A review of information available online related to the governance of local public bodies
It began as an offhand comment over a drink. A couple of activists who had raised concerns about a proposed project were discussing how to find information about what had been discussed by their representatives in local government. Eventually the conversation turned to why, in 2015, it wasn’t easier to obtain this information on the Internet. Several months later, the question was raised again at a League of Women Voters meeting in Peoria. This evolved into the concept of conducting a survey to identify which local governments were doing a good job of providing critical information online, and which were not. In subsequent months, this concept became a formal League of Women Voters project.
E-Transparency Survey: The Process
A workgroup of local volunteers with experience as elected and appointed officials, government staff and community activists was formed to design the survey. They identified the information they felt should be readily available on the optimal public website, including budgets and proposed budgets, financial audit results, detailed documents with background on each agenda item, etc. They did so with the less active resident in mind—perhaps someone who wishes to weigh in on an issue of concern for the first time: When and where are the meetings? Who is on the board/council? What will be discussed? How can I participate? How do I get more details?
The group discussed the requirements of the Freedom of Information Act (FOIA) and the Open Meetings Act (OMA), which set minimum statutory requirements as to how and what information governments need to provide. Although they discussed other policies that local governments should have in place to facilitate public participation and transparency—such as time for comments at the beginning of meetings to allow the public to weigh in before action is taken on an issue—they ultimately decided to limit the scope of the survey to what information should be easily found on the Internet.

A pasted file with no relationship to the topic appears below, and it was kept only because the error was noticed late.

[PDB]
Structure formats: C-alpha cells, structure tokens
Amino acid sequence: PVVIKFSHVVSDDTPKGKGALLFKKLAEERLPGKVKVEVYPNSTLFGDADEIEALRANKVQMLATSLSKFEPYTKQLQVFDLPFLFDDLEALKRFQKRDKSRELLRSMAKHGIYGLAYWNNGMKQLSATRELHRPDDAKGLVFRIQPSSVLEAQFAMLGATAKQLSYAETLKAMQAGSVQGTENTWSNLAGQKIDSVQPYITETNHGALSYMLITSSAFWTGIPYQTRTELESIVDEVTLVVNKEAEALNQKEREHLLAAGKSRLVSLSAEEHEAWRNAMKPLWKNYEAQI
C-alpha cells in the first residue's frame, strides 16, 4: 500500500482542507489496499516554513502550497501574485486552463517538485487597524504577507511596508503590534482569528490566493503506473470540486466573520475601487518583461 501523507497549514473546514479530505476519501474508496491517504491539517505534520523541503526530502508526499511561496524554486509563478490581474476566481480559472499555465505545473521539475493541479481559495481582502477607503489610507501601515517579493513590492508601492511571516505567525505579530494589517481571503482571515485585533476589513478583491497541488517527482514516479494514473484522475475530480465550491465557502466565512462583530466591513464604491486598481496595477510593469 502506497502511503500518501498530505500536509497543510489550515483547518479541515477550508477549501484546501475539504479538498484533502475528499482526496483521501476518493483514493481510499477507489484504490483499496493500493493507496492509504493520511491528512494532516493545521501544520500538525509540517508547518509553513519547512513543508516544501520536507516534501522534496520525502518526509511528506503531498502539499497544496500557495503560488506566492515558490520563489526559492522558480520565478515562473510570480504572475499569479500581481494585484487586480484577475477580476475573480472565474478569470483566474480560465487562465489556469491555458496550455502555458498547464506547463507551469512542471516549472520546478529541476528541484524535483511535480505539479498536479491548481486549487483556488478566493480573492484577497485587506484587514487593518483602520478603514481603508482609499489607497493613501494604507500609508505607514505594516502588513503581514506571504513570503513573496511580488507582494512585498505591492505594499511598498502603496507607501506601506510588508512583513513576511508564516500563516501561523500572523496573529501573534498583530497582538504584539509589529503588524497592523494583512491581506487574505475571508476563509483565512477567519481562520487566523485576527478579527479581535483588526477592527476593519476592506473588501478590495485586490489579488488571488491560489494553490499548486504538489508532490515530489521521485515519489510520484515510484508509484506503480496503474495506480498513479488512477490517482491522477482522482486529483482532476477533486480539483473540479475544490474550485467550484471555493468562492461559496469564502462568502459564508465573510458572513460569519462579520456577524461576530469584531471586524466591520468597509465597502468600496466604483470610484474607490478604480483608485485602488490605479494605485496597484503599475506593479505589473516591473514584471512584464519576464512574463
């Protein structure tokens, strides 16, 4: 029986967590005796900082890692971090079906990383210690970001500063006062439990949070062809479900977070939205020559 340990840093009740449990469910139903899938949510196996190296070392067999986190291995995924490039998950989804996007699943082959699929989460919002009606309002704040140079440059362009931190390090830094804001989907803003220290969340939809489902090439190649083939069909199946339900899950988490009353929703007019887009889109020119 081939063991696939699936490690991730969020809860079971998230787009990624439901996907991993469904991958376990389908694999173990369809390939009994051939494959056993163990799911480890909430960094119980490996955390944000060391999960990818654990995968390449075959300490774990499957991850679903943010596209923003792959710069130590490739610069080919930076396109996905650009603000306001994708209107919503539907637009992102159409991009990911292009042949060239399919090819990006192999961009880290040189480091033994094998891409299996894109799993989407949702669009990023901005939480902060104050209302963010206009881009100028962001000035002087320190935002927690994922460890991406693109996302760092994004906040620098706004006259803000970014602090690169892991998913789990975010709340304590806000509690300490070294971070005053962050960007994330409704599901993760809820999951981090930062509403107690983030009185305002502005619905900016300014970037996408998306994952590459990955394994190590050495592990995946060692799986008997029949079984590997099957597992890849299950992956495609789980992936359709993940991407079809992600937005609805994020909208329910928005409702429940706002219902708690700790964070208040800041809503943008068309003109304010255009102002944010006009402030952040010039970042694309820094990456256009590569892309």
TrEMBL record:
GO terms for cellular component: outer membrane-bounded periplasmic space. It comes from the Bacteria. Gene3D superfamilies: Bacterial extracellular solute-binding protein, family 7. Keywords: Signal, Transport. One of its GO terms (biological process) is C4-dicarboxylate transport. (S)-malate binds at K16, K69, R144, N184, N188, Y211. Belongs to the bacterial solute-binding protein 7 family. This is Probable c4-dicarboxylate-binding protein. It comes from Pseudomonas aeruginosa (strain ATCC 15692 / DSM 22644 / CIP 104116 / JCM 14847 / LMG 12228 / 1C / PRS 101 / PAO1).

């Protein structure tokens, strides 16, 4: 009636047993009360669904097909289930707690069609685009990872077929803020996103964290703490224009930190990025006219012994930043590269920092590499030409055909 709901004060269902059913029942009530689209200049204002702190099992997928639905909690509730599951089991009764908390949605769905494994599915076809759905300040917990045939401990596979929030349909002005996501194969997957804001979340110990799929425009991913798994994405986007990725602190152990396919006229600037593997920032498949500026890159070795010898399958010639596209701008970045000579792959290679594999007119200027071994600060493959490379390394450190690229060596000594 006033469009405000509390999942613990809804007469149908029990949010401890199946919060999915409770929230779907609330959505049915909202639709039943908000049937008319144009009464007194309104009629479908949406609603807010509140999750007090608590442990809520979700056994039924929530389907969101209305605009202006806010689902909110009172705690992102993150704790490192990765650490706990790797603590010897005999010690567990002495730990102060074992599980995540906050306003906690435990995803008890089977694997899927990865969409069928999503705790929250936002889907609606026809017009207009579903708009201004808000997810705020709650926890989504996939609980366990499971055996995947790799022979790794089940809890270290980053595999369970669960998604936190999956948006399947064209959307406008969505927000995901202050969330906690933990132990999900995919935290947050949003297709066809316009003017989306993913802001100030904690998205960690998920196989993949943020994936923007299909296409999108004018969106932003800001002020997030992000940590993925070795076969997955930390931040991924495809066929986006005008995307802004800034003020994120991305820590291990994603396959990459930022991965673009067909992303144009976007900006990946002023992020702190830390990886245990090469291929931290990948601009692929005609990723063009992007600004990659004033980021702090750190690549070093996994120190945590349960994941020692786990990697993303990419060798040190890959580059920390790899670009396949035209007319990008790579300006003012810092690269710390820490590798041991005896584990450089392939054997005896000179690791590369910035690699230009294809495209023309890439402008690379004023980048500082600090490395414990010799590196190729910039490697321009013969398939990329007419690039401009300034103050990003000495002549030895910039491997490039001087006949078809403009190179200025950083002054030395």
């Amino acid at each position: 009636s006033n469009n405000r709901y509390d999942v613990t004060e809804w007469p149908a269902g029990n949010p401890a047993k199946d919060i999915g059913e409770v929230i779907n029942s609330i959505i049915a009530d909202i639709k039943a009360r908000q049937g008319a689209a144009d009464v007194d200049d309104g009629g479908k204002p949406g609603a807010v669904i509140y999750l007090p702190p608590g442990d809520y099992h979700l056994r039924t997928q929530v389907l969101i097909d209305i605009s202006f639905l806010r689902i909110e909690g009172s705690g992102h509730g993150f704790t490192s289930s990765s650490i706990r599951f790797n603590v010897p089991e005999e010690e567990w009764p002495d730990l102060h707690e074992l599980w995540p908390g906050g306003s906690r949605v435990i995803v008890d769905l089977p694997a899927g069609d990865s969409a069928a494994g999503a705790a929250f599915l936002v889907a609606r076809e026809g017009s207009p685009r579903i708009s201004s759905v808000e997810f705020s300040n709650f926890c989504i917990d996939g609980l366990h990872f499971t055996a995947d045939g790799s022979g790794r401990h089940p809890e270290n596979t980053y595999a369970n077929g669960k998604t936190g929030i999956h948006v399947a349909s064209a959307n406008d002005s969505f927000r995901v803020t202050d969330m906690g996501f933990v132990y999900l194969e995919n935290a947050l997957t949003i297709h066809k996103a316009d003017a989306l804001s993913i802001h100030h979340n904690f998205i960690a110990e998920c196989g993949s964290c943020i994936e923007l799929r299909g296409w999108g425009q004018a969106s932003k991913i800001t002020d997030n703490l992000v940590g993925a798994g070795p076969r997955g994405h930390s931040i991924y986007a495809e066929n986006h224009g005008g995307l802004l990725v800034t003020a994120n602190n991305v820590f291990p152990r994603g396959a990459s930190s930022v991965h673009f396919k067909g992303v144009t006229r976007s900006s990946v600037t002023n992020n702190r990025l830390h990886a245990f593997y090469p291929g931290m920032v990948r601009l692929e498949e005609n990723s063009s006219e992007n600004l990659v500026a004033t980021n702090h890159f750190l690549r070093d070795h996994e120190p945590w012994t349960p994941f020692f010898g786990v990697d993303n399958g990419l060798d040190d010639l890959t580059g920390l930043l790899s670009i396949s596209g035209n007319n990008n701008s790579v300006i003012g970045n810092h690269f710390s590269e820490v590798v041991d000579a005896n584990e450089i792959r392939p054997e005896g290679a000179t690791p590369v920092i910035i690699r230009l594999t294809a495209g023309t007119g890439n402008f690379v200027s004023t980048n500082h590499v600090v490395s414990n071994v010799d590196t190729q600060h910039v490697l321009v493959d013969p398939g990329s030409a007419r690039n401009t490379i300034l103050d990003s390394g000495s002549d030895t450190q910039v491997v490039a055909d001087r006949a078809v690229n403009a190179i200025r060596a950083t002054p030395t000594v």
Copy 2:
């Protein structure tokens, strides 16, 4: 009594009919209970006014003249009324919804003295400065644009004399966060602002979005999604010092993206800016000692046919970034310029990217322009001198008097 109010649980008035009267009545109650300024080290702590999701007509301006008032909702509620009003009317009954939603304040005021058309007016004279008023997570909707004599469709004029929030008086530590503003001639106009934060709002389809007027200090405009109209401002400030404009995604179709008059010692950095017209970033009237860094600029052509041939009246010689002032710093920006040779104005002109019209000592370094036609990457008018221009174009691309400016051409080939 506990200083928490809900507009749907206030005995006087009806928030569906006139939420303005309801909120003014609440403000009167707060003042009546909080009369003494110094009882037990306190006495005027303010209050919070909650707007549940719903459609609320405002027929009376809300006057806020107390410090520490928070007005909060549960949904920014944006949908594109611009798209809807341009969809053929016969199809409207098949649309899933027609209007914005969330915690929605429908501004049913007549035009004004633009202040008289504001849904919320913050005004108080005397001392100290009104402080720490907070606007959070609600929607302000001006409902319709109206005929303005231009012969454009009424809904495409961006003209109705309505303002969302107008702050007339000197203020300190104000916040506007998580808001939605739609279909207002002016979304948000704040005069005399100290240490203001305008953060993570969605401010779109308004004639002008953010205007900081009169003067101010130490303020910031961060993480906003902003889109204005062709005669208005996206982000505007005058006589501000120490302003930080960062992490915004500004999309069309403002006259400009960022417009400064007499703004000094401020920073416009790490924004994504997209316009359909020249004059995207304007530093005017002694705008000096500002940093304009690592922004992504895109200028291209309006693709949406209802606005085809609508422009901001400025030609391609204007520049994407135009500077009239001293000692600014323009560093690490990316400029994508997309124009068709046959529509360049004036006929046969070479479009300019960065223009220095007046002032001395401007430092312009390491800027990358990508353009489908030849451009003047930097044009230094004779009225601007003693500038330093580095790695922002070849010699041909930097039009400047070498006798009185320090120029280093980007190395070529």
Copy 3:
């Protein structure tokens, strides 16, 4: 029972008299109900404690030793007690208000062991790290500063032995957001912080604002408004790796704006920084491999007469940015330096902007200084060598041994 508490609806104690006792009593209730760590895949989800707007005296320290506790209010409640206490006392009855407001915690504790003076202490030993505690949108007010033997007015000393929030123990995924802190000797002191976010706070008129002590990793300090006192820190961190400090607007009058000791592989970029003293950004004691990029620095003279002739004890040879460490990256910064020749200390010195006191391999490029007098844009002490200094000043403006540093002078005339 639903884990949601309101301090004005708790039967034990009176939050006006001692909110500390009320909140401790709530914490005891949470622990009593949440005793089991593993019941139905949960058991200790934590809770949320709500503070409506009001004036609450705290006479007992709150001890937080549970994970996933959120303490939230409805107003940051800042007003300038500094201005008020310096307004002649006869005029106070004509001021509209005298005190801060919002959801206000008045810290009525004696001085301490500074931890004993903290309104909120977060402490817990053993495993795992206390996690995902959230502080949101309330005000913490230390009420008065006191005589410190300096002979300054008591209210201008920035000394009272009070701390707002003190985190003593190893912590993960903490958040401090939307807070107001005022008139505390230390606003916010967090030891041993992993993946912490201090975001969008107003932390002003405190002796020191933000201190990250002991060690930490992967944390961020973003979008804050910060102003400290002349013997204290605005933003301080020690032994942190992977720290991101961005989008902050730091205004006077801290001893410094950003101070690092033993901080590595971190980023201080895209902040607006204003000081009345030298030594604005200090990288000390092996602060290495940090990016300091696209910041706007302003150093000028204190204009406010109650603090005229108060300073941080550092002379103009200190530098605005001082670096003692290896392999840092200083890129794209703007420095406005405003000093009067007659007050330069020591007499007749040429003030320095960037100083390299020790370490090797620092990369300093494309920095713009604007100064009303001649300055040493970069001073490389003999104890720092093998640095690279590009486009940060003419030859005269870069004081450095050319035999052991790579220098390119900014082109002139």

Once the survey was developed, League volunteers used this standard set of questions to evaluate the websites of more than three dozen local government bodies, rating how easy it was to find each piece of desired information: contact information for elected/appointed officials, meeting dates and times, budget details, etc. The completed surveys were then compiled, and the raw scores averaged. A weighted scoring system was developed, assigning a higher multiplier to the questions deemed most important, and based on the scores, grades were assigned. In early 2016, the scorecards for each government body surveyed were sent to their leadership, and the overall scores were published.
The League published a summary report of the survey results, with the following findings:
- Many websites were wonderful for meeting the needs of a typical consumer of services. For example, several school websites offered good information to parents and teachers, and were quite attractive and easy to use. However, they did not all provide easy access to information needed to engage with the school board.
- The review process involved multiple volunteers evaluating how easy it was to find information on these websites, so the scores were somewhat subjective. Just because that volunteer didn’t find the information doesn’t mean it wasn’t there somewhere—just that it was not found within a few minutes of looking.
- The majority of websites provided good information about their public meetings, but more of them should publish fully detailed agenda packets—and be more clear on how to make public comments.
- The number of websites that seem to lack Freedom of Information Act instructions was disturbing.
- There was room for improvement in providing budget, audit and other financial information.
- Too many websites failed to provide details on how to contact elected or appointed officials.
After the results were published, the response was predominantly positive, with a number of local governments immediately taking steps to improve their sites, while several others committed to making future improvements. A few, however, took a defensive stance and felt they were rated unfairly. In one case, there was some confusion as they had made some minor improvements between the time the survey was completed and the time the results were published, which might have improved their grade. One administrator who scored poorly stated that it would be too expensive to hire or train someone to make regular updates to their site.
Several government bodies have notified the League that they have already made significant improvements to their sites, including the Peoria Park District, Peoria Public Library and Peoria Election Commission. Although they have not been officially re-graded, a review of each showed that they have improved significantly.
Access to this critical information is essential. It gives transparency to the decisions being made in our representative democracy and is foundational to how our system should work. This is one of the core focuses of the League of Women Voters. The League plans to conduct a follow-up survey in the future and will be interested to see the level of progress in this one facet of transparency of our local governments. iBi
Rick D. Fox is chair of the eTransparency Project for the League of Women Voters of Greater Peoria. Visit peoria.il.lwvnet.org/2016eTransparency.html to download the complete eTransparency report.